When we were in college, one of my friends dated a fellow who’d grown up in Aroostook County, Maine. Potato country. I can’t remember if he was a “city slicker” (make that town slicker: Presque Isle has about 10,000 people in it) or a farm boy, but his high school closed down for three weeks during potato harvest season to that the kids could work in the fields bringing the crop in. They still do this Down East, even though much of the harvesting work is now automated, and fewer kids take part. Each year it’s debated, but so far the tradition holds.
Maybe next fall, the farmers will be relying more on high schoolers and less on machines, as even the dullest high school student can probably figure out the difference between a potato and, say, a golf ball. Because who wants to find pieces of golf balls in their hash browns.
But a couple of folks did. And that’s why McCain potato growers (and stores like Wegmans) issued a recall.
The Food & Drug Administration said in its recall notice that customers found hard plastic and rubber pieces that appeared to have been “inadvertently harvested with potatoes.” Reached by phone Thursday, a Wegmans consumer associate said the potatoes McCain used were harvested by machines that did not know the difference between a golf ball and a potato. (Source: Boston Globe)
As I said, even the dullest Presque Isle High student is likely to be able to discern that a golf ball and a potato are two very different things. Even a non golfer, even a non cook.
It’s pretty simple: a golf ball is round and dimpled and white. A potato is roundish and not-dimpled and brown. And a golf ball is a lot harder than a potato. You could break your tooth, biting into a golf ball. If you could even bite into it. And as someone who sliced open her share of golf balls as a kid, I know that there’s nothing edible on the inside.
I’m sure that golf ball technology has changed over the years, but I’m sure that they remain inedible.
When I was a kid – and my father gave us golf balls with a hack slice in them – there was a tiny little ball at the center of a golf ball. And when you bounced that tiny little ball, it went off like a rocket. So, realistically, you only got to bounce it once, because it went so high and so fast, and was so tiny – maybe a quarter the size of the little red balls we used to play jacks – you could never find it once you got it. But getting to that tiny little ball was still worth the arduous effort o slicing and peeling the dimpled white “hide” of the golf ball, then slicing and unwinding the rubber thread that surrounded the tiny little center ball. If you sliced that thread the wrong way, it could really snap at you.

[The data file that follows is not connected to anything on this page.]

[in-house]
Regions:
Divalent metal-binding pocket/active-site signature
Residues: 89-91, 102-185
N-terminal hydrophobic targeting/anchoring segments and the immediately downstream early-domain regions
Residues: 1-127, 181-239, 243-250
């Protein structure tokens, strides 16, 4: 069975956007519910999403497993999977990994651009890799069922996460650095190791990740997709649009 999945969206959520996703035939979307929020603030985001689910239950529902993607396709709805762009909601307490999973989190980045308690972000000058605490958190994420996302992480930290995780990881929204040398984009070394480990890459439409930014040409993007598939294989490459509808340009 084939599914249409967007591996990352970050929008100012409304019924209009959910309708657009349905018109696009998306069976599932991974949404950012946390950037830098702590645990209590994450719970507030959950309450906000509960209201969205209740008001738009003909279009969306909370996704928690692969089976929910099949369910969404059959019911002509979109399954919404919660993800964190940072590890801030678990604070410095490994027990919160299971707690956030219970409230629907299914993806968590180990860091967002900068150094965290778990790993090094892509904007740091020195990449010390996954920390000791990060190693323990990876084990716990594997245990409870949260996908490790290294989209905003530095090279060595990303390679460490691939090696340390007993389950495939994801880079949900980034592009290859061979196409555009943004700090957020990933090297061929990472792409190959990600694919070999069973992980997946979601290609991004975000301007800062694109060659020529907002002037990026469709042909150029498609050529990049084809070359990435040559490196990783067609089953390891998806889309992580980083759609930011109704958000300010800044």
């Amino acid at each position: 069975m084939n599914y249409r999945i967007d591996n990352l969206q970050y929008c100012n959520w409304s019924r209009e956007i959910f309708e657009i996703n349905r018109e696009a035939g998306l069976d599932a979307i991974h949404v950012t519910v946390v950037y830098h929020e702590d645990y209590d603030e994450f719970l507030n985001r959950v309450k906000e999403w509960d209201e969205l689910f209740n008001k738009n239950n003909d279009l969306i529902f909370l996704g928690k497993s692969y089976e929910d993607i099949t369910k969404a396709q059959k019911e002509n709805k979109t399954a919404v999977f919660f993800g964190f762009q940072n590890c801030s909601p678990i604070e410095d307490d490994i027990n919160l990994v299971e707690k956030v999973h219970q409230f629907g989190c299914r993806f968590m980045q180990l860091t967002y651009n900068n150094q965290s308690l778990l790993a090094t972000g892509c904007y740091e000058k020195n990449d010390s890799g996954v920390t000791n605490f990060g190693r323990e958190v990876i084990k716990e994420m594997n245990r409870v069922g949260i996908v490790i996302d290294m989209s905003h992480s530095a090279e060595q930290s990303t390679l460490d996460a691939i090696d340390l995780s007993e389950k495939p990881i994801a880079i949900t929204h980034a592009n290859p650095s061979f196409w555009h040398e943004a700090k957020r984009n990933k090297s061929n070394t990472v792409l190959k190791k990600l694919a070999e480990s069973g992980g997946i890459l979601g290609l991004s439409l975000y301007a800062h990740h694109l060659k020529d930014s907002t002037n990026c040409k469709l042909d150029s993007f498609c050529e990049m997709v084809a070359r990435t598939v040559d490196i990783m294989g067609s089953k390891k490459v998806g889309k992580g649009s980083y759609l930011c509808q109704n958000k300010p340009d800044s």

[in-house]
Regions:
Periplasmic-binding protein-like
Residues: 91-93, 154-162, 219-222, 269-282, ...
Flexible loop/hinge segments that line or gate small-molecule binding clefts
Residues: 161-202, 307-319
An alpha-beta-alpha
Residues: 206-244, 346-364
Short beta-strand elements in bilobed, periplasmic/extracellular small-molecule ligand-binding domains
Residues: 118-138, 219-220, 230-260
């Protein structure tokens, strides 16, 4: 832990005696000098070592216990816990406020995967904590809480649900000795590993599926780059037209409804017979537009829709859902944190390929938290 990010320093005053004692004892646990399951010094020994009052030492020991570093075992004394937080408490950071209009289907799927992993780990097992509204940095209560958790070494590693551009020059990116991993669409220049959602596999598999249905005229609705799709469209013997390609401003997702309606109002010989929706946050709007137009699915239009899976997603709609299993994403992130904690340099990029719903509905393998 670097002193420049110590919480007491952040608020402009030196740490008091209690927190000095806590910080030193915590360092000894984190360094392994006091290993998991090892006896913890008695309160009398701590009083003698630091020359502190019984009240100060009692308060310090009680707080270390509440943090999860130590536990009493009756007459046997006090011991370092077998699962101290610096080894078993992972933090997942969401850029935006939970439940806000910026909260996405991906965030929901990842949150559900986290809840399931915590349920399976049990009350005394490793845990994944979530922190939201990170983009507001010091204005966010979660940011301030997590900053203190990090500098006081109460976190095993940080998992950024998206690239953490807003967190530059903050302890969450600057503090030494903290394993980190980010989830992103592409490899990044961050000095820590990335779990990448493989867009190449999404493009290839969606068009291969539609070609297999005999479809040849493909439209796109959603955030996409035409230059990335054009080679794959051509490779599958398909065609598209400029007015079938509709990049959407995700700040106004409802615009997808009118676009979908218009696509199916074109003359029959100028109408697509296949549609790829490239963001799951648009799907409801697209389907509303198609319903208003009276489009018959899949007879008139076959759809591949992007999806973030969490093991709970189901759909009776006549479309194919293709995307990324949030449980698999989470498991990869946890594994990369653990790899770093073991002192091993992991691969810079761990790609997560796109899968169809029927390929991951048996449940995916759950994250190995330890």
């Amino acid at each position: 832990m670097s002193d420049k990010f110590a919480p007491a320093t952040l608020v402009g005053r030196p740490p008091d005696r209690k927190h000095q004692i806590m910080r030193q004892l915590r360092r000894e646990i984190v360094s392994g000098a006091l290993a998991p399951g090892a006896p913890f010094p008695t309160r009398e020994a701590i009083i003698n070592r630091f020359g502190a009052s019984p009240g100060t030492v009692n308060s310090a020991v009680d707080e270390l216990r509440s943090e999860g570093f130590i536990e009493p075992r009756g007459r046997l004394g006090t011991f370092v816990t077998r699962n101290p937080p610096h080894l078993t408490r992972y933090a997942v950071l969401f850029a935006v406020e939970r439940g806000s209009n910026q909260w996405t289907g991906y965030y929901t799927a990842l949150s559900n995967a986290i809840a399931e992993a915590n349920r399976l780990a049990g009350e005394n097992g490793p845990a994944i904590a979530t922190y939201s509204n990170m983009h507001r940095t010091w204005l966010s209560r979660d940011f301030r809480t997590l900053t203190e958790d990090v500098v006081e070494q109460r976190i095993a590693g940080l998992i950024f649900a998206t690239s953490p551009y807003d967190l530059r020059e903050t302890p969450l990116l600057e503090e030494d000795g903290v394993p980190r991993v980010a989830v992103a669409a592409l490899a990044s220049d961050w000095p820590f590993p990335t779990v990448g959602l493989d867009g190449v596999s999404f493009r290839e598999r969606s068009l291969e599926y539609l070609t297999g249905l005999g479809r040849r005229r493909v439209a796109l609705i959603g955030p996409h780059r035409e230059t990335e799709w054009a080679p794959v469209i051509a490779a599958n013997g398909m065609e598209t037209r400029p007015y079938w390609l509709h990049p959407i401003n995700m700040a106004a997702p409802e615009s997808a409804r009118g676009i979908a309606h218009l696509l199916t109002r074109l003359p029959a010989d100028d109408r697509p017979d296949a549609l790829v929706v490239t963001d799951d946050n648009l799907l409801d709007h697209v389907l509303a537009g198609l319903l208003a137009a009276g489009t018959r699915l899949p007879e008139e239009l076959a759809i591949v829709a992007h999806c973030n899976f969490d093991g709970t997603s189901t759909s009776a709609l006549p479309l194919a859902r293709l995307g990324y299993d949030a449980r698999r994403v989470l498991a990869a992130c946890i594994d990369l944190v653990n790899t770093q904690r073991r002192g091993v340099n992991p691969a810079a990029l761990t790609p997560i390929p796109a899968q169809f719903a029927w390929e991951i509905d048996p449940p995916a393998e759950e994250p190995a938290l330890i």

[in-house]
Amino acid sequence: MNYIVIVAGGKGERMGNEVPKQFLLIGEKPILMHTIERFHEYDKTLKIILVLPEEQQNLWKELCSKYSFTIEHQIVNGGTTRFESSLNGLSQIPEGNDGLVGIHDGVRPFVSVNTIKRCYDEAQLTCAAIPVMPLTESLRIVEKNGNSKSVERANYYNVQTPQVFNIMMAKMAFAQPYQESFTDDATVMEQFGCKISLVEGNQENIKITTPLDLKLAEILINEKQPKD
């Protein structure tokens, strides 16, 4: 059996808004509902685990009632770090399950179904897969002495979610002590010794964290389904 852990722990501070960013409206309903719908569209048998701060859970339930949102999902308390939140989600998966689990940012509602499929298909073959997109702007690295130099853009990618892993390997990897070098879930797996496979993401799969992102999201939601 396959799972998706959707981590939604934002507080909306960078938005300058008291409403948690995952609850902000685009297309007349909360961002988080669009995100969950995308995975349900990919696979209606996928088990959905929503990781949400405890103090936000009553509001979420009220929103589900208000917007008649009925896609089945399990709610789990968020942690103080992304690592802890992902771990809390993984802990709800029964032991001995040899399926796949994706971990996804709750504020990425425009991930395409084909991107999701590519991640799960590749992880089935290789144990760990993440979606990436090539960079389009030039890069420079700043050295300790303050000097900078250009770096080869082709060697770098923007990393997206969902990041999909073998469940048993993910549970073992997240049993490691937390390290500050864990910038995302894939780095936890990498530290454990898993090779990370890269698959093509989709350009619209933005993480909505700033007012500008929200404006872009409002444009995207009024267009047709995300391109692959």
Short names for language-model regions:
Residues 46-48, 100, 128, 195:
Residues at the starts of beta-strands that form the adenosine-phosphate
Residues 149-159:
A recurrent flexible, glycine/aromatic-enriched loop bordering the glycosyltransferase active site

I never labored in the potato fields. Worcester didn’t have them. But I do know what concentrated hard work is when it comes to working on a golf ball.
So I know golf balls. And as an eater, I know potatoes.
So I know taht sometimes potatoes have eyes. And sometimes they have green spots. And sometimes they have black gooey rot. But they really don’t resemble a golf ball in the least.
McCain said there have been no reported injuries.
“We continue to investigate the nature of this event so we can assess the necessary actions required,” McCain said in a statement. “We are working cooperatively with the Food & Drug Administration and Wegmans to ensure the affected product is removed from the marketplace.”
Coal mining jobs may not be coming back. Uber drivers may be replaced by self-driving cars. All store checkouts may be automated.
But until they can find a machine that can figure out that a golf ball and a potato are two separate things, come fall harvest, the kids of Aroostook County will always have work.